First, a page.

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Ellesmere College


The foundation stone of Ellesmere College, formerly known as St. Oswald's School, was laid on St. Oswald's Day, August 5th, 1879, and the school was opened on the same date in 1884.

The founder was Canon Nathaniel Woodard who began a chain of Woodard Foundation Schools, beginning with Lancing College in Sussex. The land upon which the College is situated was provided by Lord Brownlow, whose wife laid the foundation stone.

The school originally opened with 70 boys and four masters. The school was organised in three parts - a grammar school, Servitors' School, and Training School for Masters. It was originally intended to meet the wants of persons of very small means whose sons may be boarded, and educated in the subjects necessary for them, at an expense little exceeding the cost of food.

Boys whose parents had not even "very small means" could join the Servitors' School, who assisted in the domestic work of the school in return for their education. The Training School generally trained former pupils, aged between 17 and 20, who had guaranteed to serve the College as Masters for at least two years.

In 1909, the first son of an Old Ellesmerian entered the school, the same year that "Servitors'" were withdrawn and replaced by maids in the Dining Hall.

The educational bias of all Woodard Schools was on religion, but until 1926 there was no permanent chapel. A temporary chapel was provided in the crypt beneath the Dining Hall.

In 1926 a chapel was designed by Sir Aston Webb, but only the first portion was built in 1928. This section commemorates the Old Boys of the Midland Division who died in the 1914-1918 war. Modified plans were drawn up in 1932 by Sir Charles Nicholson and building was completed in 1959 following funding in memory of those former pupils killed in the 1939-1944 war. The Lady Chapel is dedicated as a memorial to them.

A disastrous fire destroyed entirely the newly completed Chapel, and Dining Hall in 1966; both being reopened in 1969. In 1981 the College, through a separate trust, acquired a splendid Schulze Organ of 1864 from St. Mary's Tyne Dock, and this was installed in Big School.

Former students of Ellesmere College are referred to as "Old Ellesmerians". Here are a few notable Old Ellesmerians;

  • Martin Aitchison; Wakeman '32 - '35 - Illustrator
  • Bill Beaumont CBE; Meynell '65 - '69 - Chairman of the Rugby Football Union
  • Ralph Benjamin; Woodard '39 - '40 - Scientist
  • Robert Godwin; Wakeman '71 - '75 - Author
  • Frederick Harvey VC MC CBE - Ireland rugby player and recipient of the Victoria Cross
  • Chris Hawkins; Derry '86 - '93 - DJ, Television and Radio Presenter
  • Peter Jones - actor, broadcaster and screenwriter
  • Marty Natalegawa; Wakeman '76 - '78 - Indonesian Minister of Foreign Affairs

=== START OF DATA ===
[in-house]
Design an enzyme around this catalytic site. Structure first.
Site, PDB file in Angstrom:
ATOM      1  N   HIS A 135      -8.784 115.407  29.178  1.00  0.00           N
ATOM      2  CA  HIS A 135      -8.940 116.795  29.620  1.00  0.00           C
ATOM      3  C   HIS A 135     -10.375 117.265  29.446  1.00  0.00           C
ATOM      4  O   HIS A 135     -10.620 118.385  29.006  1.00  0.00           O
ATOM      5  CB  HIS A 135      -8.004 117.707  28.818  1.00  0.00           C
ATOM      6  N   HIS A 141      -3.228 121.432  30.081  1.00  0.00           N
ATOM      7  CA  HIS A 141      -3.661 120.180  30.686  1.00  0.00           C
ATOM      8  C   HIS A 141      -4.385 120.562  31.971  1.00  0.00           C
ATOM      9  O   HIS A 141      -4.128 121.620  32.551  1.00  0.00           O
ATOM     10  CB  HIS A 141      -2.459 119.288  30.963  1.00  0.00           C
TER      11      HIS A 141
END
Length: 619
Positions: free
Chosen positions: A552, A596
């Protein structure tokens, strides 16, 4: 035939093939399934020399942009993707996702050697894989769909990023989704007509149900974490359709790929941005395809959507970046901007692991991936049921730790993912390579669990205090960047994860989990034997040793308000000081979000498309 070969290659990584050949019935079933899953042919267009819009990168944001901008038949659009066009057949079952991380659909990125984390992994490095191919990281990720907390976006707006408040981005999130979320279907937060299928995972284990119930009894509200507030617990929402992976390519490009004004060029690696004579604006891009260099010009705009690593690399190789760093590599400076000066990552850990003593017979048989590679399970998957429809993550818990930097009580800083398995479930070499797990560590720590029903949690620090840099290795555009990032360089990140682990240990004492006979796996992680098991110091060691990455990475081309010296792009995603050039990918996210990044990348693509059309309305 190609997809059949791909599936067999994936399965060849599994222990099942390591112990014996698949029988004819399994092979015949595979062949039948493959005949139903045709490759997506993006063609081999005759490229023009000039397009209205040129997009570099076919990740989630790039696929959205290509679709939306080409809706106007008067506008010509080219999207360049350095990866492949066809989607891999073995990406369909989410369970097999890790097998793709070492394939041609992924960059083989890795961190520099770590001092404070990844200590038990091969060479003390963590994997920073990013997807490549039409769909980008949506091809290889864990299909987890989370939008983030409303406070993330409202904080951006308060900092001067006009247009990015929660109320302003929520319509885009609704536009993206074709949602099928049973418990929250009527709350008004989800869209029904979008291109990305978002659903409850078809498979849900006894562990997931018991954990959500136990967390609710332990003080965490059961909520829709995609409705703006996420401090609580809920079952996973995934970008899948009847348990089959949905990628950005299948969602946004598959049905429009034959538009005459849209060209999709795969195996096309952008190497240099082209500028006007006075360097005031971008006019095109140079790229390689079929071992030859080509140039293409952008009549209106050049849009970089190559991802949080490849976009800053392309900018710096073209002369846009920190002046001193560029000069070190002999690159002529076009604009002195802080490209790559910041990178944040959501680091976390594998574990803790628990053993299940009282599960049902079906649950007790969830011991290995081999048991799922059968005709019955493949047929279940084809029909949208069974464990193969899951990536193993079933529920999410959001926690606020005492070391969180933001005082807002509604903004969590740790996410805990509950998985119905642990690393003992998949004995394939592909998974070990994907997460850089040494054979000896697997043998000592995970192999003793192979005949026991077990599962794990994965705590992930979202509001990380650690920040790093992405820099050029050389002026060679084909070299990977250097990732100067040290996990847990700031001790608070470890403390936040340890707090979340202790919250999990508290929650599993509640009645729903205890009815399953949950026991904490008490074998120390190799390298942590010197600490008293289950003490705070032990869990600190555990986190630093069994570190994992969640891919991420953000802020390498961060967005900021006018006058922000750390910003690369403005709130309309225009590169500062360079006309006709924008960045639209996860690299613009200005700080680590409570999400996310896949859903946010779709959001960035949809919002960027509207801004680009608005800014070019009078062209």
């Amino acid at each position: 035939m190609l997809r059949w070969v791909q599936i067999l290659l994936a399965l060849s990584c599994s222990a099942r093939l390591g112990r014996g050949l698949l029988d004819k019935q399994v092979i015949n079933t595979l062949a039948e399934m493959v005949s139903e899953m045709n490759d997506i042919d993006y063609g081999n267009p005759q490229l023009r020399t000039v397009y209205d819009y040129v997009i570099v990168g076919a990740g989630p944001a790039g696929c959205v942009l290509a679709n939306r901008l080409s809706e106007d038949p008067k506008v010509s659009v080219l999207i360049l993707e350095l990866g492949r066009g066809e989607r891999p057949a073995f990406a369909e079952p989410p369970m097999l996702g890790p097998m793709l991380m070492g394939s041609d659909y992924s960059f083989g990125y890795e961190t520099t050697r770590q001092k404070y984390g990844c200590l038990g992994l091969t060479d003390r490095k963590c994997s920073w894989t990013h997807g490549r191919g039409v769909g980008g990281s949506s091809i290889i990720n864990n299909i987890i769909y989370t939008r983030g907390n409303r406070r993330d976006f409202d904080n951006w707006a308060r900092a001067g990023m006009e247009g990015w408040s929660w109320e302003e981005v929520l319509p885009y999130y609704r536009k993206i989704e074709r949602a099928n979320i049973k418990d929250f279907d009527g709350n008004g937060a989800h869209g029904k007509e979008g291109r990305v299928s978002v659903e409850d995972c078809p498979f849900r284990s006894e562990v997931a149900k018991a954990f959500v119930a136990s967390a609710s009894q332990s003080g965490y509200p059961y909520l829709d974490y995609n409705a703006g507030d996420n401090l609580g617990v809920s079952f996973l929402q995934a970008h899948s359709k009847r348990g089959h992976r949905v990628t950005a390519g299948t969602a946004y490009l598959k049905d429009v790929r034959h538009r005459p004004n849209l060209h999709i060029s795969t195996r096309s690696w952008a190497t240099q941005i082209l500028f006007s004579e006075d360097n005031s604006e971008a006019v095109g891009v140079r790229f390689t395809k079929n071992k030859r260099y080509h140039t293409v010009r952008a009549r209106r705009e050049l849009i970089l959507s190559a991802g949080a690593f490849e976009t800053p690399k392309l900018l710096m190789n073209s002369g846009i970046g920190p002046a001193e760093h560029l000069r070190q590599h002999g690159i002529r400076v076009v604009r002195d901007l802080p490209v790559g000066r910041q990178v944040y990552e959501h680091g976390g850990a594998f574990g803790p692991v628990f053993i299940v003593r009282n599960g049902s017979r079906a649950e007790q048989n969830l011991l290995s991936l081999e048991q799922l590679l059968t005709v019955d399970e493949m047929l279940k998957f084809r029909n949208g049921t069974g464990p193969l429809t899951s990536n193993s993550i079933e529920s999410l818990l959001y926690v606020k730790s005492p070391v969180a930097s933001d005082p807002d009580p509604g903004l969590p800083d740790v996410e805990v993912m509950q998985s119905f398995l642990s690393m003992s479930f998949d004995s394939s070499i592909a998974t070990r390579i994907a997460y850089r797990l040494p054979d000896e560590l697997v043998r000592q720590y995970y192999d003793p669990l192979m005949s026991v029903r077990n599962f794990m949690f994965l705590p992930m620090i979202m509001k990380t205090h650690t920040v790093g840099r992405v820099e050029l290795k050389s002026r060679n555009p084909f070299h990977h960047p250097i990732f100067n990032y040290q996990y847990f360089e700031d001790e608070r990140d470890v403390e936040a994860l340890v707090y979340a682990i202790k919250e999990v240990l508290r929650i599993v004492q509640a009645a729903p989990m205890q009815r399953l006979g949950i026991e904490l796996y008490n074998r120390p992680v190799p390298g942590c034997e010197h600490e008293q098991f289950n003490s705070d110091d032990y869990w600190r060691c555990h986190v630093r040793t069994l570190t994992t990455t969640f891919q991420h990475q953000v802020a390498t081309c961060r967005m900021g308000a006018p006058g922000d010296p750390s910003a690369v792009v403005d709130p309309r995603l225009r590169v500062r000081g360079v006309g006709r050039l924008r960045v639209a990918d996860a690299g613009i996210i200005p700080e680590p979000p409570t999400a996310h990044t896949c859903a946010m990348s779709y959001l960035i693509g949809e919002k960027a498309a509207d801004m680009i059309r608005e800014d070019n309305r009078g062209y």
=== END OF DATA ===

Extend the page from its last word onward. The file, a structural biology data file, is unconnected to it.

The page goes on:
• Chris Moncrieff; Woodard '44 - '48- Journalist
  • Geoffrey Ellis; Meynell '40 - '48 - Business Manager for Brian Epstein and The Beatles
  • Bryan Oates; Talbot '59 - '63 - Oscar Winning Film Editor
  • Lord Freddie Farrow; Woodard '44 - '48
  • Sir Noel Davies; Talbot '44 - '50 - Engineer, CEO of Vickers Engineering creating the first British Nuclear Submarine. Also President of the Engineers Employers Federation.
  • Ian Beer; Honorary OE - Former Headmaster

Building blocks for Success

A classroom block was completed in 1957 Biology laboratories followed in 1964, along with a new Study Wing and Library. The Dining Hall was entirely remodelled after the fire of 1966 and the opportunity was taken to add additional boarding accommodation for Talbot House above, and a sports hall below in the former crypt. In the early 1970s, nine houses were added for married masters. Then Secretary of State for Education, Margaret Thatcher visited the school in 1973 to perform the Opening of Ceremony of Additional Studies, and the completed Talbot House.

Quickly becoming the focus in North Shropshire for concerts, exhibitions, films and talks, an Arts Centre was added in 1976, with auditorium, exhibition foyer and music school.

In 1981 the Nankivell Sixth Form study wing was added, now renamed "St Lukes'" Sixth form boy's boarding house. This addition was opened by the Duke of Westminster, whose family attended the school. The name Nankivell is synonymous with the College. James Nankivell was a pupil and one time Captain of School. He returned with his wife Kathleen in 1935, and they were Housemaster and Matron of the Junior School. Also in 1981, a Design and Technology Centre was opened comprising workshop, project area, metalwork facilities, hobbies room and technical drawing office.

St Oswalds Sixth Form Girls boarding house was opened in 1984 and has been much extended since.